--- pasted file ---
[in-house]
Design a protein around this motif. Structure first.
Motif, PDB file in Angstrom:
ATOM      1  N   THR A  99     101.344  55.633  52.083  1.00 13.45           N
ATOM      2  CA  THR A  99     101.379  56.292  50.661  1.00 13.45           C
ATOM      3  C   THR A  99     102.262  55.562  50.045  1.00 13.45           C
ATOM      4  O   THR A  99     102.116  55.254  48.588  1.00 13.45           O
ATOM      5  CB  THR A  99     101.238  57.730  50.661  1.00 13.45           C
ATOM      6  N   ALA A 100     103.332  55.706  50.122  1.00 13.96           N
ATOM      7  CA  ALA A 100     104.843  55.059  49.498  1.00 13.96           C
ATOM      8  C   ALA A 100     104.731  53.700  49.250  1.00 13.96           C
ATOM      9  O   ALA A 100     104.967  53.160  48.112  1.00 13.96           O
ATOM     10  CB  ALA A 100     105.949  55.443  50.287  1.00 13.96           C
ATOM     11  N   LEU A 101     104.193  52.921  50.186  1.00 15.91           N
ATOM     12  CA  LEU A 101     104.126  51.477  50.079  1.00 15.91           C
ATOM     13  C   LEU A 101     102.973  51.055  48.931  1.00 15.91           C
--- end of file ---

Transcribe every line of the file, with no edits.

[in-house]
Design a protein around this motif. Structure first.
Motif, PDB file in Angstrom:
ATOM      1  N   THR A  99     101.344  55.633  52.083  1.00 13.45           N
ATOM      2  CA  THR A  99     101.379  56.292  50.661  1.00 13.45           C
ATOM      3  C   THR A  99     102.262  55.562  50.045  1.00 13.45           C
ATOM      4  O   THR A  99     102.116  55.254  48.588  1.00 13.45           O
ATOM      5  CB  THR A  99     101.238  57.730  50.661  1.00 13.45           C
ATOM      6  N   ALA A 100     103.332  55.706  50.122  1.00 13.96           N
ATOM      7  CA  ALA A 100     104.843  55.059  49.498  1.00 13.96           C
ATOM      8  C   ALA A 100     104.731  53.700  49.250  1.00 13.96           C
ATOM      9  O   ALA A 100     104.967  53.160  48.112  1.00 13.96           O
ATOM     10  CB  ALA A 100     105.949  55.443  50.287  1.00 13.96           C
ATOM     11  N   LEU A 101     104.193  52.921  50.186  1.00 15.91           N
ATOM     12  CA  LEU A 101     104.126  51.477  50.079  1.00 15.91           C
ATOM     13  C   LEU A 101     102.973  51.055  48.931  1.00 15.91           C